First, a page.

Derrick Rose Has Nothing To Apologize For

13
Nov

It annoys me that I’m even writing about the idiotic “controversy” that has surrounded Derrick Rose for the past few days, but considering people won’t stop talking about it, there doesn’t seem to be any other option.

First, the context. The following is what Rose said about missing games this season.

I know a lot of people get mad when they see me sit out. But I think a lot of people don’t understand that when I sit out it’s not because of this year. I’m thinking about long-term. I’m thinking about after I’m done with basketball, having graduations to go to, having meetings to go to. I don’t want to be in my meetings all sore or be at my son’s graduation all sore just because of something I did in the past. Just learning and being smart.

Nothing there caused me to even give it a second glance when I first read that quote. Of course he’s trying to take care of himself. He has missed the last two years of basketball due to knee injuries. He’s had people questioning whether he’ll ever be able to play at a high level again. He wants to be able to play at a high level when he plays, and not be in a wheelchair when his career is over. Duh.

Yet somehow this has become a controversy. It’s become cause to question his commitment to the franchise. It’s become cause to question his competitive fire (I’m not going to link to the articles that include those claims, since I don’t believe in sending nonsense like that traffic). None of those questions are anything other than hogwash. He can’t be committed to the franchise if he’s on the sidelines, and he can’t be competitive on the court if he’s in street clothes. Last year Tony Parker and Manu Ginobli both played in less than 70 games and no one on the Spurs played more than 30 minutes per game. But in that case no one questions their competitiveness, instead it’s considered a smart decision for the team’s future. Which it is. Just like Rose’s decision is a smart one for his, and the Bulls’ future.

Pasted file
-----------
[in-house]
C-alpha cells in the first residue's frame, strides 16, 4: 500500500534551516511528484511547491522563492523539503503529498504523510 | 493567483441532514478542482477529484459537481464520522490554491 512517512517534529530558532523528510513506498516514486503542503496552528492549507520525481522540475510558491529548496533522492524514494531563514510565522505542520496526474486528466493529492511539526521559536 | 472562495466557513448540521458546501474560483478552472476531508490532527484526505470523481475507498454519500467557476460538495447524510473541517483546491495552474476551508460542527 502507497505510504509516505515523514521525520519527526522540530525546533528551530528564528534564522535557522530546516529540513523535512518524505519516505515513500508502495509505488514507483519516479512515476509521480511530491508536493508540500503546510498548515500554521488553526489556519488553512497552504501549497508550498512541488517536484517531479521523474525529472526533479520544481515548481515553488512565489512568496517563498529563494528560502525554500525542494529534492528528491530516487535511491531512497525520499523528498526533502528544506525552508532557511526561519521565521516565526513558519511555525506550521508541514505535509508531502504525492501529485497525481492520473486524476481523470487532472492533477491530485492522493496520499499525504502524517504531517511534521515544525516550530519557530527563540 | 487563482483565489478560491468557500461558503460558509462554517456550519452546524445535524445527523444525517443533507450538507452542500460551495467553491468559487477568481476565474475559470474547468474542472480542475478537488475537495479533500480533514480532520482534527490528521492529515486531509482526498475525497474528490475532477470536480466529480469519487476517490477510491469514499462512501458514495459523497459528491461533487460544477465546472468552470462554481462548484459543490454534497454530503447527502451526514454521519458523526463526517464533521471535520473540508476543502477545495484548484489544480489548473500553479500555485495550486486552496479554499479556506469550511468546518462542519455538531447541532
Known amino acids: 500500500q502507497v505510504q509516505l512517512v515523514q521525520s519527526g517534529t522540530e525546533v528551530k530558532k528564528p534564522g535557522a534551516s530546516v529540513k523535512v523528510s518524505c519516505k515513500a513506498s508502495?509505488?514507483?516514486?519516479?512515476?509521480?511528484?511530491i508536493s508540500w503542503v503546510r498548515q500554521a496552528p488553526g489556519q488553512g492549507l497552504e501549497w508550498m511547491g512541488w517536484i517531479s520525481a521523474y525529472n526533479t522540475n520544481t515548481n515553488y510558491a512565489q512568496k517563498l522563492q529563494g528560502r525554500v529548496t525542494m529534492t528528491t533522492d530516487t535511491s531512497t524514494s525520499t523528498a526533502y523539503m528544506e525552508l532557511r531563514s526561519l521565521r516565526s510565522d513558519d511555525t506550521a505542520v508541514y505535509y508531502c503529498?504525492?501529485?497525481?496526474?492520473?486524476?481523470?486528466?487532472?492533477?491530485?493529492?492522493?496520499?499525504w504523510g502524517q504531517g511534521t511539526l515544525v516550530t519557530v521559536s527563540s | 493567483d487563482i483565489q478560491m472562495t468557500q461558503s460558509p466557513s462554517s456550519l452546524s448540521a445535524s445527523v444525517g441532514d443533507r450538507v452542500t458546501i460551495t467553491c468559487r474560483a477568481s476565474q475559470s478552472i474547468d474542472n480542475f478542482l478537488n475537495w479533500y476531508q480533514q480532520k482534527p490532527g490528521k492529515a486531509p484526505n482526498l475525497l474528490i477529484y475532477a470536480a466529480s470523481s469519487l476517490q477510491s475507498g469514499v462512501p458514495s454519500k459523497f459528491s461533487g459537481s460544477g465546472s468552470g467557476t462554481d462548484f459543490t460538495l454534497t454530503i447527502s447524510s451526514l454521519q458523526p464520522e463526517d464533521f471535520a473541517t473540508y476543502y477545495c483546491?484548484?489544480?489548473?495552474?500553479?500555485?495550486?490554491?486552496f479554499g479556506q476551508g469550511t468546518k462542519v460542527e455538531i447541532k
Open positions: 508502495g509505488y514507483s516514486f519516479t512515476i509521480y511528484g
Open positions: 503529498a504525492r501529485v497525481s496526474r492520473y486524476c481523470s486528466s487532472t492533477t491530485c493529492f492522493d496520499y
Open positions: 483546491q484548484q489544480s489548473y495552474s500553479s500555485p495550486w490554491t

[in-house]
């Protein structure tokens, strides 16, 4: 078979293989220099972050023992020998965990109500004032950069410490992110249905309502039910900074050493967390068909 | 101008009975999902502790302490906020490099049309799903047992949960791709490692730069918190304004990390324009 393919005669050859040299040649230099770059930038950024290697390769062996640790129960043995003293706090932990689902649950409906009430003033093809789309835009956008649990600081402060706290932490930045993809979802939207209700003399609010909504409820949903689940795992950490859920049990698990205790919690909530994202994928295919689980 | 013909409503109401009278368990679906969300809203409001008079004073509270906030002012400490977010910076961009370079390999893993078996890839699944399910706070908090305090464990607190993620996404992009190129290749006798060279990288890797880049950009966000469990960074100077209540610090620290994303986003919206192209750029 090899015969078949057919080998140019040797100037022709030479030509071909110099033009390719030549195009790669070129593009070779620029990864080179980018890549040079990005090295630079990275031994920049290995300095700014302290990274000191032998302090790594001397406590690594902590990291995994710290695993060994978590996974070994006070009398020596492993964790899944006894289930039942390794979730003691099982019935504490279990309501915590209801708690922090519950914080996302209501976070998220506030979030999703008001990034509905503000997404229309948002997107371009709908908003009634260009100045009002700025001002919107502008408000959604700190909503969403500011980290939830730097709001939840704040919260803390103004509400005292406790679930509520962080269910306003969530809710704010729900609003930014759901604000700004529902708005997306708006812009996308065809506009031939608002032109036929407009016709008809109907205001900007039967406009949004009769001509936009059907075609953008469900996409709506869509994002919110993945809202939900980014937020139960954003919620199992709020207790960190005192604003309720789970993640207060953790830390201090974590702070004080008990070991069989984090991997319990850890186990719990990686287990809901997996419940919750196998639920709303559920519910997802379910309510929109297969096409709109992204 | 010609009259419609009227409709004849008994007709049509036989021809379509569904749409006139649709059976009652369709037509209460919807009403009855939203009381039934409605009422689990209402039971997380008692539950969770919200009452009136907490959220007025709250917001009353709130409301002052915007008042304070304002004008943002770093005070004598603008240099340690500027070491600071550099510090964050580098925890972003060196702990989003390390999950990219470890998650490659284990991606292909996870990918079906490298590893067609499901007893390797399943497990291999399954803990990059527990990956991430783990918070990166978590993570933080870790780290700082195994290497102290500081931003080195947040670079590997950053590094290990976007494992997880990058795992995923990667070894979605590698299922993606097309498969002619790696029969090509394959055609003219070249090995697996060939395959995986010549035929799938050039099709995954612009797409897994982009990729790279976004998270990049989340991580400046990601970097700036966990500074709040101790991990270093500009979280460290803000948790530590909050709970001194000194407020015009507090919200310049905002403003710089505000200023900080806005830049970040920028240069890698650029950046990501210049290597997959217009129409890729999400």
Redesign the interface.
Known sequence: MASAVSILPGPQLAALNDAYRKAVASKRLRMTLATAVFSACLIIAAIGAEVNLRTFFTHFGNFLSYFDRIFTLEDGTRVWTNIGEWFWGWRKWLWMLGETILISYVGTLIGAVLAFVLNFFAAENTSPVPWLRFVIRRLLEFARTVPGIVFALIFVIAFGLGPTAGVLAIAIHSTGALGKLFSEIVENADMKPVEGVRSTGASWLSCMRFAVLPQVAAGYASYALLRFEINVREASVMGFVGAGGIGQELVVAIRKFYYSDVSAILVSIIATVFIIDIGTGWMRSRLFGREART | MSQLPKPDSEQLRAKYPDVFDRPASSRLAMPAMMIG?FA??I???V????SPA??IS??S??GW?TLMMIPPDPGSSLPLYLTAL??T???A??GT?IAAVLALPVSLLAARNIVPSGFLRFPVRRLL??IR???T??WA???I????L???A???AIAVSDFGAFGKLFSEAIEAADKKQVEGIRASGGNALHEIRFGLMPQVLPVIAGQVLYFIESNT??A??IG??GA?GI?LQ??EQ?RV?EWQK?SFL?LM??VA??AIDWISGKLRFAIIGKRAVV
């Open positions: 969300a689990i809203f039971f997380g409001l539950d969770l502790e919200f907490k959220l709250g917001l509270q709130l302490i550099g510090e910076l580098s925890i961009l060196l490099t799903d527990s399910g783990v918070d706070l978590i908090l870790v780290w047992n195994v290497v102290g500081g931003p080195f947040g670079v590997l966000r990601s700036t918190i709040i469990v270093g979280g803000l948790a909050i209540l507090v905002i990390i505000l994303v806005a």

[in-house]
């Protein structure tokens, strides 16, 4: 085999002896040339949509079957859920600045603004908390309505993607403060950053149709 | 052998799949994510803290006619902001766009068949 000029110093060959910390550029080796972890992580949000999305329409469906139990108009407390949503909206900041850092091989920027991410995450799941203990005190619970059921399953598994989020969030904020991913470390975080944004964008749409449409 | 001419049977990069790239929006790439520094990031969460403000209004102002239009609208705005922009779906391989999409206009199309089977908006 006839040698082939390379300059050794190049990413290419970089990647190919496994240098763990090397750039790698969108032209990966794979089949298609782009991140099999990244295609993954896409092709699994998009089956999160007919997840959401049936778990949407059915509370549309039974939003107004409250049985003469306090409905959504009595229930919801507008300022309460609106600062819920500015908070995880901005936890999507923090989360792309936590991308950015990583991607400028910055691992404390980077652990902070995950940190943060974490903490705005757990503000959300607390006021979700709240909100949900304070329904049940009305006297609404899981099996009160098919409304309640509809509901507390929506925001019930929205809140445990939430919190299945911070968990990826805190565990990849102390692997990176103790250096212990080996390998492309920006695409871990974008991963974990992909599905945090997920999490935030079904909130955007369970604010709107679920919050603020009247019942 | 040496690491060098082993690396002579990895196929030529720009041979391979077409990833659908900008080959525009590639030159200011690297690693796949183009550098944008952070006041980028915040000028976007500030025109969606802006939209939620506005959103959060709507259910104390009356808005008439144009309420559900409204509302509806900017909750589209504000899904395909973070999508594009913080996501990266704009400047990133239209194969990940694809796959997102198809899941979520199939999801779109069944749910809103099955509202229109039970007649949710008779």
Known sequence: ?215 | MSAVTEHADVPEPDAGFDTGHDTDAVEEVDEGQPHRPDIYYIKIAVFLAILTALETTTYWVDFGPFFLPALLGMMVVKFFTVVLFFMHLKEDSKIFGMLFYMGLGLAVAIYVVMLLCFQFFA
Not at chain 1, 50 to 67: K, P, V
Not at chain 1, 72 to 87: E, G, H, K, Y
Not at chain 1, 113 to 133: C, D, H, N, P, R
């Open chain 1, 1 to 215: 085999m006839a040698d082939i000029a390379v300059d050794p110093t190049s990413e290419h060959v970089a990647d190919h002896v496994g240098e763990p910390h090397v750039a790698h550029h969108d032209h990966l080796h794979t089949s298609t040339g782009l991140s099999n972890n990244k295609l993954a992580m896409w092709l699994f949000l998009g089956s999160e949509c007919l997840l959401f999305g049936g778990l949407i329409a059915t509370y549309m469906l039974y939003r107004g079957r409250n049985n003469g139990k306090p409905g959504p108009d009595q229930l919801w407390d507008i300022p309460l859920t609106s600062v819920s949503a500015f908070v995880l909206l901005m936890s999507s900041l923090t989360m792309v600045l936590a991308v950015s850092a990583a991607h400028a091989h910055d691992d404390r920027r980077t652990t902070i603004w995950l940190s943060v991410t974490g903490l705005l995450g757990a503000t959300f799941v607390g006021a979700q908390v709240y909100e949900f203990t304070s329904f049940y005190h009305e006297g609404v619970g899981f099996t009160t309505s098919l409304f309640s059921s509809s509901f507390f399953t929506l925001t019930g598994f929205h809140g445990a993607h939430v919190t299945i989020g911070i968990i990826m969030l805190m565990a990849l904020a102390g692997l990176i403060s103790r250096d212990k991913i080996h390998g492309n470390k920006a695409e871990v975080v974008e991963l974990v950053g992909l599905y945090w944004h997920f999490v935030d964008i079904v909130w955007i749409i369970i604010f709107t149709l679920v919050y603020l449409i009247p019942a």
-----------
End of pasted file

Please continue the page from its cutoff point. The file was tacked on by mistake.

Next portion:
We’re living in a world where the most popular sports league (in a way that’s still baffling to me) is the NFL. The NFL has past players suing because of head injuries sustained when they played and the league is watering down the contact by beefing up the rules in order to keep players healthy. Yet those same people who still watch the NFL and love it want to question Rose’s competitiveness because he’s looking out for his future.

Today, Rose spoke to reporters outside of the Air Canada Centre and apologized for nothing. He said he’s going to keep trying to inspire others, care for himself and remain positive. Much of the sporting world, and almost all of the sports media, could learn a thing or two from that outlook.

About the author: Alex Lowe

A former college athlete in a sport that no one cared about, Alex now spends most of his days being a furiously biased Bulls and Braves fan. When he's not busy with that, he still imagines his 5'7" self making an improbable rise to NBA stardom.